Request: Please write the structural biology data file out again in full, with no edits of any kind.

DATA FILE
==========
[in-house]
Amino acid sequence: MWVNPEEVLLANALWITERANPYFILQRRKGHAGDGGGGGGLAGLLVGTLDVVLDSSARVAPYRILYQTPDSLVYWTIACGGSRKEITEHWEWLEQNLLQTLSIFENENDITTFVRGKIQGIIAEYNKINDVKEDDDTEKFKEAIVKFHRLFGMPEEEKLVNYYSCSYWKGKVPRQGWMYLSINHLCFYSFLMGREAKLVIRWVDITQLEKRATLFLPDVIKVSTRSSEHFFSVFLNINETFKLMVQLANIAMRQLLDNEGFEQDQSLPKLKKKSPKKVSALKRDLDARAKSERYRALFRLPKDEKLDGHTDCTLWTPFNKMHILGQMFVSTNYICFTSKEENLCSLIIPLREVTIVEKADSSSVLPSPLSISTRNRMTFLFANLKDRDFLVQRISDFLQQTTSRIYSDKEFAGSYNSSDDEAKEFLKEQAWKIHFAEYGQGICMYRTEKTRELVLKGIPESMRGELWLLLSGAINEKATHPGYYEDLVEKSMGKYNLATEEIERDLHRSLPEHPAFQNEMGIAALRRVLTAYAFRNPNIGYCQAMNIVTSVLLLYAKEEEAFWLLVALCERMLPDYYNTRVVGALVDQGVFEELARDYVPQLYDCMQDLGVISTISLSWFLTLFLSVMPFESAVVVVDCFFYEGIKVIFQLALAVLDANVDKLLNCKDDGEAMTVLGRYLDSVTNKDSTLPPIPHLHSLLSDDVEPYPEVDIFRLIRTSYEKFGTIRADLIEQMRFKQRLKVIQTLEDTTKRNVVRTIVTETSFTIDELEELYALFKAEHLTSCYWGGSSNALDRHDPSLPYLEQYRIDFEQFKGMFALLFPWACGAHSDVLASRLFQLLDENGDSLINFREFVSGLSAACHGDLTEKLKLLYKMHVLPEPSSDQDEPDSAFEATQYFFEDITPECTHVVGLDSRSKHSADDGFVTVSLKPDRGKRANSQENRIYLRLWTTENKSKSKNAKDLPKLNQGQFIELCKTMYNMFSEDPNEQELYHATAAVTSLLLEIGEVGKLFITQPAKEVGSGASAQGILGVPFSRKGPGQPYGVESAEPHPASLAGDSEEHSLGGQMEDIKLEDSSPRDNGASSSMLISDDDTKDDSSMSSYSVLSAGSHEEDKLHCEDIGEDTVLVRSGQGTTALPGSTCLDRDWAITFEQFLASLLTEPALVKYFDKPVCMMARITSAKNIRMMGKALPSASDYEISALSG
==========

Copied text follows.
[in-house]
Amino acid sequence: MWVNPEEVLLANALWITERANPYFILQRRKGHAGDGGGGGGLAGLLVGTLDVVLDSSARVAPYRILYQTPDSLVYWTIACGGSRKEITEHWEWLEQNLLQTLSIFENENDITTFVRGKIQGIIAEYNKINDVKEDDDTEKFKEAIVKFHRLFGMPEEEKLVNYYSCSYWKGKVPRQGWMYLSINHLCFYSFLMGREAKLVIRWVDITQLEKRATLFLPDVIKVSTRSSEHFFSVFLNINETFKLMVQLANIAMRQLLDNEGFEQDQSLPKLKKKSPKKVSALKRDLDARAKSERYRALFRLPKDEKLDGHTDCTLWTPFNKMHILGQMFVSTNYICFTSKEENLCSLIIPLREVTIVEKADSSSVLPSPLSISTRNRMTFLFANLKDRDFLVQRISDFLQQTTSRIYSDKEFAGSYNSSDDEAKEFLKEQAWKIHFAEYGQGICMYRTEKTRELVLKGIPESMRGELWLLLSGAINEKATHPGYYEDLVEKSMGKYNLATEEIERDLHRSLPEHPAFQNEMGIAALRRVLTAYAFRNPNIGYCQAMNIVTSVLLLYAKEEEAFWLLVALCERMLPDYYNTRVVGALVDQGVFEELARDYVPQLYDCMQDLGVISTISLSWFLTLFLSVMPFESAVVVVDCFFYEGIKVIFQLALAVLDANVDKLLNCKDDGEAMTVLGRYLDSVTNKDSTLPPIPHLHSLLSDDVEPYPEVDIFRLIRTSYEKFGTIRADLIEQMRFKQRLKVIQTLEDTTKRNVVRTIVTETSFTIDELEELYALFKAEHLTSCYWGGSSNALDRHDPSLPYLEQYRIDFEQFKGMFALLFPWACGAHSDVLASRLFQLLDENGDSLINFREFVSGLSAACHGDLTEKLKLLYKMHVLPEPSSDQDEPDSAFEATQYFFEDITPECTHVVGLDSRSKHSADDGFVTVSLKPDRGKRANSQENRIYLRLWTTENKSKSKNAKDLPKLNQGQFIELCKTMYNMFSEDPNEQELYHATAAVTSLLLEIGEVGKLFITQPAKEVGSGASAQGILGVPFSRKGPGQPYGVESAEPHPASLAGDSEEHSLGGQMEDIKLEDSSPRDNGASSSMLISDDDTKDDSSMSSYSVLSAGSHEEDKLHCEDIGEDTVLVRSGQGTTALPGSTCLDRDWAITFEQFLASLLTEPALVKYFDKPVCMMARITSAKNIRMMGKALPSASDYEISALSG